Carbonate veins reveal chemistry of ancient seawater
Researchers from the University of Southampton have described a new way of reconstructing ancient ocean chemistry, which helps us understand how the planet has evolved.
The chemical composition of our oceans is not constant but has varied significantly over geological time. A study published this week in Science describes a novel method for reconstructing past ocean chemistry using calcium carbonate veins caused by seawater-derived fluids in rocks beneath the seafloor. The research was led by scientists from the University's School of Ocean and Earth Science (SOES) hosted at the National Oceanography Centre, Southampton (NOCS).
Dr Rosalind Coggon, formerly of NOCS now at Imperial College London, says: "Records of ancient seawater chemistry allow us to unravel past changes in climate, plate tectonics and evolution of life in the oceans. These processes affect ocean chemistry and have shaped our planet over millions of years."
Co-author Professor Damon Teagle from SOES adds: "Reconstructing past ocean chemistry remains a major challenge for Earth scientists, but small calcium carbonate veins formed from warm seawater when it reacts with basalts from the oceanic crust provide a unique opportunity to develop such records."
Calcium carbonate veins record the chemical evolution of seawater as it flows through the ocean crust and reacts with the rock. The composition of past seawater can therefore be determined from suites of calcium carbonate veins that precipitated millions of years ago in ancient ocean crust.
The researchers reconstructed records of the ratios of strontium to calcium (Sr/Ca) and magnesium to calcium (Mg/Ca) over the last 170 million years. To do this, they analysed calcium carbonate veins from basaltic rocks recovered by several decades of scientific deep-ocean drilling by the Integrated Ocean Drilling Program (IODP) and its predecessors.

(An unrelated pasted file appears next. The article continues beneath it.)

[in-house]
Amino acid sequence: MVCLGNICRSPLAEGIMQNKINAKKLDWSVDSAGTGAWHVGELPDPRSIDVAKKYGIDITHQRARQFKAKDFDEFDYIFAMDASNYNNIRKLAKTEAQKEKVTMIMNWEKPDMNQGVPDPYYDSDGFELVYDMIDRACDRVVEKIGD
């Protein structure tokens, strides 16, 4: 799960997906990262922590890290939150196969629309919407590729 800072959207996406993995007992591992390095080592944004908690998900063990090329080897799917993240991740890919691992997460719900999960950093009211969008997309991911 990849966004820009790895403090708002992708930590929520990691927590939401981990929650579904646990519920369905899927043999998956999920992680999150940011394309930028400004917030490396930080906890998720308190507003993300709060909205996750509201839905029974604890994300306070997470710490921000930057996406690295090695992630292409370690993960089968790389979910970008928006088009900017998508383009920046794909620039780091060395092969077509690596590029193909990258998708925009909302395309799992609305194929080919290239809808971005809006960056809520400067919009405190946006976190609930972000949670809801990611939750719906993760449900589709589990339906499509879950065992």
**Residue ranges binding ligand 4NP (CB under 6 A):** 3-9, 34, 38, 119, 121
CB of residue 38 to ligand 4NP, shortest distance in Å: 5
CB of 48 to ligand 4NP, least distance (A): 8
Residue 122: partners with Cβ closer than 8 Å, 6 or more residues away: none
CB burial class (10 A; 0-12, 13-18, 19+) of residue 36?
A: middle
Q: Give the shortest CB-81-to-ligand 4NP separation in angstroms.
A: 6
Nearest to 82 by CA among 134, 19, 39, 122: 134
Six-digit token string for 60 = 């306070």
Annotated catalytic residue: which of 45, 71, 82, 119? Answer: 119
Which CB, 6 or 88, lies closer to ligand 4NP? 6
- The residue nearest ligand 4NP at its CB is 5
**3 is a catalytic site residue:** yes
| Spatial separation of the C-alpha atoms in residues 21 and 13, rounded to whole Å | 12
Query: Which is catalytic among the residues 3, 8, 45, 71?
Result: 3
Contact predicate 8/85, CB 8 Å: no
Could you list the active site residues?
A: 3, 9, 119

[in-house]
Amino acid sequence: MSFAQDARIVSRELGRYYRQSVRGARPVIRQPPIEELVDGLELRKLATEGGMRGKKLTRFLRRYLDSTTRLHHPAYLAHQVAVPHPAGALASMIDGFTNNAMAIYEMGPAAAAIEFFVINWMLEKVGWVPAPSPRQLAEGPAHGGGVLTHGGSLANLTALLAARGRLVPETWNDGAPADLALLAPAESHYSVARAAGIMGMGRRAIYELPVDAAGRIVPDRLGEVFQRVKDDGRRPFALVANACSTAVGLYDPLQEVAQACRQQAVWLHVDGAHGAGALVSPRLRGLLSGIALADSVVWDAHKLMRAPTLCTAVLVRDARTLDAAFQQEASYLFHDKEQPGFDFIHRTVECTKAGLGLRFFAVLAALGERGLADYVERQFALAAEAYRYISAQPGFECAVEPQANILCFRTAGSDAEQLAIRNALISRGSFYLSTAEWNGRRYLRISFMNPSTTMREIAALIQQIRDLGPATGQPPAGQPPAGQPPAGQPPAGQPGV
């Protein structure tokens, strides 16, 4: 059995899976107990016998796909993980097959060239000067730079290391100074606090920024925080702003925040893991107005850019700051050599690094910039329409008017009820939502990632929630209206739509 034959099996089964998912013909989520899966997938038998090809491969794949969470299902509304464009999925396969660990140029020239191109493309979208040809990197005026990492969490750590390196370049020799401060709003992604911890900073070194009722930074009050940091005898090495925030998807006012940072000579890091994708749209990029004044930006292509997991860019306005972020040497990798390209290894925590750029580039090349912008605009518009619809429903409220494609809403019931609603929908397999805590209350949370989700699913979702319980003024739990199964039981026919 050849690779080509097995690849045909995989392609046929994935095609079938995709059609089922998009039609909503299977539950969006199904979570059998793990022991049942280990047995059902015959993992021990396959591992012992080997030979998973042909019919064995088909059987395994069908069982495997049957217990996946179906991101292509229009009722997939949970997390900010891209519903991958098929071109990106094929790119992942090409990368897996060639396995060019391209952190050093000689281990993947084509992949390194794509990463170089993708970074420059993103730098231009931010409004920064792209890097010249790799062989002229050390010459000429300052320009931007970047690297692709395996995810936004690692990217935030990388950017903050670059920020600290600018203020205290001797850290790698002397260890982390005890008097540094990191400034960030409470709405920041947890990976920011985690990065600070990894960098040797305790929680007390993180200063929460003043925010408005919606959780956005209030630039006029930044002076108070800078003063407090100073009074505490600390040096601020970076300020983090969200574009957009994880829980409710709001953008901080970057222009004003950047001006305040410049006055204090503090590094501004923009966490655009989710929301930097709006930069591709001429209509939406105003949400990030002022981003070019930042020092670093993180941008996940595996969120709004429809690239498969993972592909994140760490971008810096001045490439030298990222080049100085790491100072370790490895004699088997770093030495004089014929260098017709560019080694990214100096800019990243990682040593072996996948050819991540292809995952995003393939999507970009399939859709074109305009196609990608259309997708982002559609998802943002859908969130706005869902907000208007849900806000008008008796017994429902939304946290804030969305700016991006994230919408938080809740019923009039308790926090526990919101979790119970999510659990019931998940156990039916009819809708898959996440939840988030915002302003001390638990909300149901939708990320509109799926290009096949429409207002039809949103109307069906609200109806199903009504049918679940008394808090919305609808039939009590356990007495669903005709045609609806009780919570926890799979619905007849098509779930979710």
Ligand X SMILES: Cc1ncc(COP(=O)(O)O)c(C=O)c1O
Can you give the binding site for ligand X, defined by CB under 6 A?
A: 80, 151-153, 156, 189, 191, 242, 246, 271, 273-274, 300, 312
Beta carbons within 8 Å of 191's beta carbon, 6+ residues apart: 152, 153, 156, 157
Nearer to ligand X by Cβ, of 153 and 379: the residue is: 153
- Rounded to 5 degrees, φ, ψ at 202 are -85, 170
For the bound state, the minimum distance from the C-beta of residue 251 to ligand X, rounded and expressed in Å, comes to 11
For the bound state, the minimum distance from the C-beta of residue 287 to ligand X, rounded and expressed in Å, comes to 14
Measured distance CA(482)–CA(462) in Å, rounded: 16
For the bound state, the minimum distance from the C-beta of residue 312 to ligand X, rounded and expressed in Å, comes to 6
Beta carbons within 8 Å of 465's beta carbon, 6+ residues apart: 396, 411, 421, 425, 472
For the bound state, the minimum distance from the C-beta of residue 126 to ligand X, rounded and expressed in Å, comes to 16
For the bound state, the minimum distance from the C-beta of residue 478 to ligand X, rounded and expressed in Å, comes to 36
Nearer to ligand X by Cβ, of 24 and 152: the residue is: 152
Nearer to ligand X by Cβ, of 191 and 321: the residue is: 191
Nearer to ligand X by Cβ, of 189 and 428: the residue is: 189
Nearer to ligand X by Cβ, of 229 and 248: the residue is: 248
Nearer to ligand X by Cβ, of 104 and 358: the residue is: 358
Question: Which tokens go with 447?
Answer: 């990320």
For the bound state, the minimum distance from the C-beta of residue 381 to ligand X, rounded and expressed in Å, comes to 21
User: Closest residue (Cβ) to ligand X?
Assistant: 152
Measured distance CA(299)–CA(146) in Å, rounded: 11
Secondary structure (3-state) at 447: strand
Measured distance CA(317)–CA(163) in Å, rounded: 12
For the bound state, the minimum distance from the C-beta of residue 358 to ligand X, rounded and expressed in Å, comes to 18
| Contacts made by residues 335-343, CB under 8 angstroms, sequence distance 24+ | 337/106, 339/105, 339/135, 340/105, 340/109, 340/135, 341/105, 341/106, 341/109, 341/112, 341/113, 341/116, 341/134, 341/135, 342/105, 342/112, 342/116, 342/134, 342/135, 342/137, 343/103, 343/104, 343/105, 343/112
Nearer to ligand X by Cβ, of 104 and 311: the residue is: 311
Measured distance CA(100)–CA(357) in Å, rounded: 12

Professor Teagle says: "The carbonate veins indicate that both the Sr/Ca and Mg/Ca ratios of seawater were significantly lower than at present prior to about 25 million years ago. We attribute the increases in seawater Sr/Ca and Mg/Ca since then to the long-term effects of decreased seafloor volcanism and the consequent reduction in chemical exchange between seawater and the ocean crust."
Notes for editors
Calcium carbonate veins are common in upper ocean crust, where they precipitate from low temperature (<100°C) seawater-derived hydrothermal fluids that have reacted with the basaltic lavas that form the ocean floor.
These fluids are modified by chemical exchange with the ocean crust as they heat up. The veins precipitate from the basement fluid at compositions that have evolved away from that of the initial seawater, but from analyses of suites of these veins the chemistry of seawater at that time can be estimated.
The research was supported by the United Kingdom's Natural Environment Research Council and used samples provided by the Ocean Drilling Program (ODP) and Integrated Ocean Drilling Program (IODP). ODP was sponsored by the US National Science Foundation (NSF) and participating countries under management of Joint Oceanographic Institutions Inc. IODP is supported by NSF; Japan's MEXT; ECORD; and the People's Republic of China, Ministry of Science and Technology.